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Re: Does the 1% rule work in Australia?
« Reply #35 on: February 03, 2014, 09:47:32 PM »
Picking up on a few things from Melody's post.

Increased population density / more apartments: I think this is an awesome thing for Perth. Increased population density means that there will be more suburbs with cool little cafes, libraries, good public transport. I love currently living in a reasonably dense area as it means that there are heaps of amenities within walking distance.

Suburbs further out decreasing in value while those close in retain or gain value: I agree with this, and it's one of the reasons why I don't know whether we'll see a decent decline in house prices for the suburbs we want to buy in even if the market declines overall. Within 5km of the city, I think prices are more sustainable / stable / based on actual value than they are further out. But this is just a feeling on my part, I don't have data to prove it. If nothing else, at least buying closer in reduces my exposure to rising petrol prices and public transport fares. I know someone who commutes 50km each way and his "suburb" has no public transport at all - his exposure to rising fuel costs could really hurt him, whereas where we live now, we could give up a car entirely if it became too expensive. I like having that flexibility.

I'll go out on a limb and say Happier At Home doesn't really care what the Perth property market does - she cares if her home/investment makes her a good return or not, so I think it's more about picking "winners" than market timing.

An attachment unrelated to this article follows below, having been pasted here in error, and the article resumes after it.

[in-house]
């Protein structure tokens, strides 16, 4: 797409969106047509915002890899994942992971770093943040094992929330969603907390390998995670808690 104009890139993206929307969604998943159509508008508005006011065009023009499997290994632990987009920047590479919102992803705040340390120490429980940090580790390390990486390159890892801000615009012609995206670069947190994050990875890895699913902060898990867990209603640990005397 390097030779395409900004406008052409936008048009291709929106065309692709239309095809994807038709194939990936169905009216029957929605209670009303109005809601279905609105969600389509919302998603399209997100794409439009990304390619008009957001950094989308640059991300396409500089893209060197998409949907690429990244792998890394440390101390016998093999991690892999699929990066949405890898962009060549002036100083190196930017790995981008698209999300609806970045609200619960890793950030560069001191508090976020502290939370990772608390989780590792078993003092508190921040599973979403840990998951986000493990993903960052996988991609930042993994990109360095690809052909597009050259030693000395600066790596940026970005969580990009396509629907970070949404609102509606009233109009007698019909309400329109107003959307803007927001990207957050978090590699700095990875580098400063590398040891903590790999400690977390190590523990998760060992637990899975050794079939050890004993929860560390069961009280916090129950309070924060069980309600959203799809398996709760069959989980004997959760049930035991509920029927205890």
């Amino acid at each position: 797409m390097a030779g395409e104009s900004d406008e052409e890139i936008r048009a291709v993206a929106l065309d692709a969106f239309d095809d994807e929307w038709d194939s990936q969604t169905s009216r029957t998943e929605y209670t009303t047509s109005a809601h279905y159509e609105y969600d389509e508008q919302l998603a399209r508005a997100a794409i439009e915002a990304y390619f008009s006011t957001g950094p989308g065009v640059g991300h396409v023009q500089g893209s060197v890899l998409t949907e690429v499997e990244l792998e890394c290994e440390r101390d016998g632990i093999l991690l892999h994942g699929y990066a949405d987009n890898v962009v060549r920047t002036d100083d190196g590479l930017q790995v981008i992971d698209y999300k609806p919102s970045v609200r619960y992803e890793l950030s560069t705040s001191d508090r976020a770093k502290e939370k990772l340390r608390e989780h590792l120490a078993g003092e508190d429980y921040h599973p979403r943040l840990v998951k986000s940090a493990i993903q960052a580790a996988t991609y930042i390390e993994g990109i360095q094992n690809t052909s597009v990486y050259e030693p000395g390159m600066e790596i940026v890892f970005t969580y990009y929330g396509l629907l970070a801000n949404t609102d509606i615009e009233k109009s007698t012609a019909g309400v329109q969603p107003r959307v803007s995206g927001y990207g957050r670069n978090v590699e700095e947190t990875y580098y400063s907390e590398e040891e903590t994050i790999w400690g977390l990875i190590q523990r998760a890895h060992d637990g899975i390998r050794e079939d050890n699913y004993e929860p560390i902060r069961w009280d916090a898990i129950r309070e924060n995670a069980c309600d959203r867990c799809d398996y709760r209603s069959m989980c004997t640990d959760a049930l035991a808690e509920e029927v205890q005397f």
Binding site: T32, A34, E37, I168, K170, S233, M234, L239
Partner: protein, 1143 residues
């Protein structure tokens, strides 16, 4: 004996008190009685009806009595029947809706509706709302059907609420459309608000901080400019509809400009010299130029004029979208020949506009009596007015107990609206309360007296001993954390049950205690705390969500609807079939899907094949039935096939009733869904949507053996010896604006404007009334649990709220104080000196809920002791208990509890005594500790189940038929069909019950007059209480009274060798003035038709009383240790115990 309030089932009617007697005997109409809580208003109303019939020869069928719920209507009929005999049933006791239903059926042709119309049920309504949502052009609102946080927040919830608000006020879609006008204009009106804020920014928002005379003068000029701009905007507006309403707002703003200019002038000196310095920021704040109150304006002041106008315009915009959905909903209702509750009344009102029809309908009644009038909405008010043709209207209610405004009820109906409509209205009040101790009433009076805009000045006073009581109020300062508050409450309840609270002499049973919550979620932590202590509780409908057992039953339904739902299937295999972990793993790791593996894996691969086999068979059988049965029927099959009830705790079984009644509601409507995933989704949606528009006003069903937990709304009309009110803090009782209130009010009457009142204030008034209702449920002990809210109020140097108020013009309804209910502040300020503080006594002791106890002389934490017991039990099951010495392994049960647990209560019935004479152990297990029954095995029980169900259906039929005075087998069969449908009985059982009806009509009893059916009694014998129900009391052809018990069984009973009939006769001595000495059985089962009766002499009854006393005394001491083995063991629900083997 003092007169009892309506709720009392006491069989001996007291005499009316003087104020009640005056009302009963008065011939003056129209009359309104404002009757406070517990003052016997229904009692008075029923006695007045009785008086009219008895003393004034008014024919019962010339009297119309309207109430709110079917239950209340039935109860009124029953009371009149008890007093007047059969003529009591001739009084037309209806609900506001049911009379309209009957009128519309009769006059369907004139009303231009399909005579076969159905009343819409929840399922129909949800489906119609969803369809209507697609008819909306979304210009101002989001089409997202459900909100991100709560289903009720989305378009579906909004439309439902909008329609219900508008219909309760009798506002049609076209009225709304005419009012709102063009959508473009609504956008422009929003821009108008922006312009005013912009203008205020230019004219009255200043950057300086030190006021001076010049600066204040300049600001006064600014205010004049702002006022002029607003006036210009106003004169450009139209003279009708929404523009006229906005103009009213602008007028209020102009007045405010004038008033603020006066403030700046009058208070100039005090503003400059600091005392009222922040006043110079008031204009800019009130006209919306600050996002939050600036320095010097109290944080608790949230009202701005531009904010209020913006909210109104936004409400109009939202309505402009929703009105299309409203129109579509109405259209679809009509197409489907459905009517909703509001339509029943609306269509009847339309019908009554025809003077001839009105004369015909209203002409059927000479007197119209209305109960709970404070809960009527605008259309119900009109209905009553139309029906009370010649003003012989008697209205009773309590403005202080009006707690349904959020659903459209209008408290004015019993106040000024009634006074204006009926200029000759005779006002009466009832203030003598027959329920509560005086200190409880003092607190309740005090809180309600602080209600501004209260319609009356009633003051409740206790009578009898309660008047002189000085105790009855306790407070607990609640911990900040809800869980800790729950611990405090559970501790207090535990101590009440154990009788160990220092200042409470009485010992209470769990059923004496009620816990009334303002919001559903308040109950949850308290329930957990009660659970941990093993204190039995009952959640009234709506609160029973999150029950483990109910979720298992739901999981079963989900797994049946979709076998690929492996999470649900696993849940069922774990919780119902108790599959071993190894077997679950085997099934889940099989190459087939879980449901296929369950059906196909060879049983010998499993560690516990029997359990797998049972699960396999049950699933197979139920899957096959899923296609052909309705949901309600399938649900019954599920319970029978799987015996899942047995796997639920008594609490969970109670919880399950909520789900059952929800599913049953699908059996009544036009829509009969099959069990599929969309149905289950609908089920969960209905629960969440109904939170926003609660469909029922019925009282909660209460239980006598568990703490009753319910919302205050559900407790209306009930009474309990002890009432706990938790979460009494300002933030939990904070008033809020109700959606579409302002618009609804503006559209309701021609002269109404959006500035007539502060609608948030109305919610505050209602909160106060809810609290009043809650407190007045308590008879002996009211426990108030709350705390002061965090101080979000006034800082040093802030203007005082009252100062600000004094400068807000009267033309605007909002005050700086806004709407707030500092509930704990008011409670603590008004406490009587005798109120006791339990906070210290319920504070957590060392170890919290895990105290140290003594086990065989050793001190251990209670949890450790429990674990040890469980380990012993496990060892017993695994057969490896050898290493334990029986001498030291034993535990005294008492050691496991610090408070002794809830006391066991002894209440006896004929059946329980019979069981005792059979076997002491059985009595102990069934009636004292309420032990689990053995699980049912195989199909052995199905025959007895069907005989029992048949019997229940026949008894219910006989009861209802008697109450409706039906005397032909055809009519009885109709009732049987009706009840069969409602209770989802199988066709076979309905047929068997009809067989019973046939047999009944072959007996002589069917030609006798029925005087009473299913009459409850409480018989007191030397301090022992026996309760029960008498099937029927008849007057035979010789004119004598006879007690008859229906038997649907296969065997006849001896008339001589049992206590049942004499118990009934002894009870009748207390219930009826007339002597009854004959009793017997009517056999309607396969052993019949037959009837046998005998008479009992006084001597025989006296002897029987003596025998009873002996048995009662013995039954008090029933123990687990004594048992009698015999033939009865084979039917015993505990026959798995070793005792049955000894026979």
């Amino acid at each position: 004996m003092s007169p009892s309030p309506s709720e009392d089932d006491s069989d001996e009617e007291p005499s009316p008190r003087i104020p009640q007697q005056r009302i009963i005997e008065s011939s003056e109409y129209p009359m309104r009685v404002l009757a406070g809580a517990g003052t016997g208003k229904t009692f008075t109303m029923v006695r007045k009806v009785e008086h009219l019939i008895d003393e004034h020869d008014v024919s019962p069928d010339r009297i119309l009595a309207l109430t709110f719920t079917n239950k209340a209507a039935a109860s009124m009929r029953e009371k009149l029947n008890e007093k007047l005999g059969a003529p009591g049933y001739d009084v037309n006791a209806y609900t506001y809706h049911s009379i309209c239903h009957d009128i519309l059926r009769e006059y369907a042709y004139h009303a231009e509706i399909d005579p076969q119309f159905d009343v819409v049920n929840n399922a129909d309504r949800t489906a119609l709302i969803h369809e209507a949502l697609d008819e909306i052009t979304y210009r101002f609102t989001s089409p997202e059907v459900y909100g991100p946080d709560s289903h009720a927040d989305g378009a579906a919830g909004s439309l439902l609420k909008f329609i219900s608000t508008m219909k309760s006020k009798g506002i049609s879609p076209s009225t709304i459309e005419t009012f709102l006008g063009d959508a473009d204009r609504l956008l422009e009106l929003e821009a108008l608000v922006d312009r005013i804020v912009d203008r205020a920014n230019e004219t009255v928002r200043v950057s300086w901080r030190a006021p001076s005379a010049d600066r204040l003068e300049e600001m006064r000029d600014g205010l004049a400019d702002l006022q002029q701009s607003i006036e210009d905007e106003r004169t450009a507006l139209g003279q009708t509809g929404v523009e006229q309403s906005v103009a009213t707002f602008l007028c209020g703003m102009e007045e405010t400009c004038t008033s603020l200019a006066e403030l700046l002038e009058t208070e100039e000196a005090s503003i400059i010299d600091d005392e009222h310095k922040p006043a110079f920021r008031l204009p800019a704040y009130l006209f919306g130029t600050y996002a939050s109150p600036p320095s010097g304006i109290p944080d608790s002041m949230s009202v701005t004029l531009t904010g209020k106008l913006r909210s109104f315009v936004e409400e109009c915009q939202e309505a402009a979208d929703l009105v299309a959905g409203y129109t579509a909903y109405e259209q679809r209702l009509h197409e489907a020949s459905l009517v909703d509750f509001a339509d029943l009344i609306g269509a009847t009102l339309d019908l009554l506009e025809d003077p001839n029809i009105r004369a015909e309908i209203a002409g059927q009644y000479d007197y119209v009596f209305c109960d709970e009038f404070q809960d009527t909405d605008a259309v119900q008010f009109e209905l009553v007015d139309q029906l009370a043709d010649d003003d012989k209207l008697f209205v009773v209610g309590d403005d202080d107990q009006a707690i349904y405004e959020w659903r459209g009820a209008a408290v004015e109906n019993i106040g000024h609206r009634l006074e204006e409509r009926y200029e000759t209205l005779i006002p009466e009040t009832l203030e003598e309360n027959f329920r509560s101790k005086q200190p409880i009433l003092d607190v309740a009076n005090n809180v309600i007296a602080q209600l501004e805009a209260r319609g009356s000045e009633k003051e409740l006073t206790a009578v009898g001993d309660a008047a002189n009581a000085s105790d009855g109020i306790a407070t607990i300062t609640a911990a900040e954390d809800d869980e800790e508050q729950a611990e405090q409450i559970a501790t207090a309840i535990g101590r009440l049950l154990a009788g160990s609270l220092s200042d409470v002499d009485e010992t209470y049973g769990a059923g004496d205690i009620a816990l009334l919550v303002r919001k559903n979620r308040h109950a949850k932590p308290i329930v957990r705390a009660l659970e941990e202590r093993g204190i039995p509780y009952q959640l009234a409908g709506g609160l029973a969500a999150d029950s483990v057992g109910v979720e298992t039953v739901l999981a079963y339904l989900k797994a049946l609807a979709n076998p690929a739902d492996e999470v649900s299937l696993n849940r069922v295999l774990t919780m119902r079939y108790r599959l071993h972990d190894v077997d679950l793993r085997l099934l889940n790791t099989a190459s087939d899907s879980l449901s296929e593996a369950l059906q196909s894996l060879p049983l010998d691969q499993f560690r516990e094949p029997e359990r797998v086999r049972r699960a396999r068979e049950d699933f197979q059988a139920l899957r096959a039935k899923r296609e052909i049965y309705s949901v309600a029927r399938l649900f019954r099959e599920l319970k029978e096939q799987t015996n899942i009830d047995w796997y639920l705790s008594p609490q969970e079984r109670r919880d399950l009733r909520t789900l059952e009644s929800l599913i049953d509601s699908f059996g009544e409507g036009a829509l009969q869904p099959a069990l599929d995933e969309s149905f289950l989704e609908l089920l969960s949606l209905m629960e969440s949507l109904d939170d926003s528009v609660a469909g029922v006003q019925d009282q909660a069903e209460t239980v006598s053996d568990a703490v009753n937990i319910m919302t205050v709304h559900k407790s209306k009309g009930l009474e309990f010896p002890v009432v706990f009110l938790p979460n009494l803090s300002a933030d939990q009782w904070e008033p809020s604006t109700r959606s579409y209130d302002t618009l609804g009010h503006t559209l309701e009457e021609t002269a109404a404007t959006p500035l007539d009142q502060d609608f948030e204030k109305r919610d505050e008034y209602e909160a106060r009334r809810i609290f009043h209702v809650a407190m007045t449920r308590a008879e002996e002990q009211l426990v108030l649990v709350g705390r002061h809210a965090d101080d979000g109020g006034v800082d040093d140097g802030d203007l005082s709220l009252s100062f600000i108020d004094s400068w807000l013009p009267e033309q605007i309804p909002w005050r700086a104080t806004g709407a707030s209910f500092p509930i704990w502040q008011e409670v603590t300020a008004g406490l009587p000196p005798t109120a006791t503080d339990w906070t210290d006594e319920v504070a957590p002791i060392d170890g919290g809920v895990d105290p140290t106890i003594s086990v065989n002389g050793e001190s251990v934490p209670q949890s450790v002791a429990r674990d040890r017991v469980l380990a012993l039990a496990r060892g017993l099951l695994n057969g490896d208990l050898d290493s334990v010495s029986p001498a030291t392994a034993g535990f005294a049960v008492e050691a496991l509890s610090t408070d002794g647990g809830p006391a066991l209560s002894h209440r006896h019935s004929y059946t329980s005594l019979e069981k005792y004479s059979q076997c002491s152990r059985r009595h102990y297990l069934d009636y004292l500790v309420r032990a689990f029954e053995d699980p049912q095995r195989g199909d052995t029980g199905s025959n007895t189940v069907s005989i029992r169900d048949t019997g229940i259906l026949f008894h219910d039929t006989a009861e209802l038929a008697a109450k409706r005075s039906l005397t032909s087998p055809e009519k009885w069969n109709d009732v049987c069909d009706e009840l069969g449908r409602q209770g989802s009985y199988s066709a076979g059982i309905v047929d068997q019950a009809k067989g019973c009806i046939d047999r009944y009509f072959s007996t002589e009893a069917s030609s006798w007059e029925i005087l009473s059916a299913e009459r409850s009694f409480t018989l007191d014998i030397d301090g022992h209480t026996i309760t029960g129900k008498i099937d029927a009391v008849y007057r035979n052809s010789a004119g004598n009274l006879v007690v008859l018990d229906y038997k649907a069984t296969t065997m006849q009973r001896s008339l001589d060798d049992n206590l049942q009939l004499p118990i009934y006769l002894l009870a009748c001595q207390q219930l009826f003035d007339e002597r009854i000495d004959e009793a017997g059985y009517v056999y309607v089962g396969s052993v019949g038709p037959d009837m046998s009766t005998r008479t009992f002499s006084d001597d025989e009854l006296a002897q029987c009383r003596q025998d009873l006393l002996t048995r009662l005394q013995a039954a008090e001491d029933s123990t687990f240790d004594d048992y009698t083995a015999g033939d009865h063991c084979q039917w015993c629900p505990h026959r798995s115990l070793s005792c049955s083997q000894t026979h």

Correct! I care about buying a reasonably priced home that fits my needs and some of my wants, preferably one which we can either buy with cash or pay off within five years of the purchase date. And I care about not losing a mint by having an "investment property" that crashes and burns (which is why I was asking the original question).

I'd also quite like it if housing became more affordable because I think that affordable housing makes everyone's lives better. But my friends and family with $800k houses would disagree.

One situation that I do worry about is if we buy a very modest house because we think the market is overheated, then the market tanks and we are in a position where we really have to upgrade. But then I guess we could just consider ourselves lucky that the next house would be "on sale" and we should be in a position where taking a bath on the house we'd be selling wouldn't hurt us too much financially.

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Re: Does the 1% rule work in Australia?
« Reply #36 on: February 09, 2014, 01:08:37 AM »
I don't believe I have any great ability to predict the market. But we're pretty happy to wait a little longer and keep building up our deposit. I always wince when my workmates talk about buying a house with a 5% deposit because they don't want to be priced out of the market... That doesn't seem great.

This is why I'm happy to stick with renting: because the Australian property market is currently driven by investor speculation, fear of being 'priced out of the market' (which I don't understand why this should ever be a thing), opportunity cost of slinging all my future money at a debt that could potentially lose its value.

I can't tell you how many times I've heard/been told the following, with absolute conviction:
"You can't lose with Sydney property."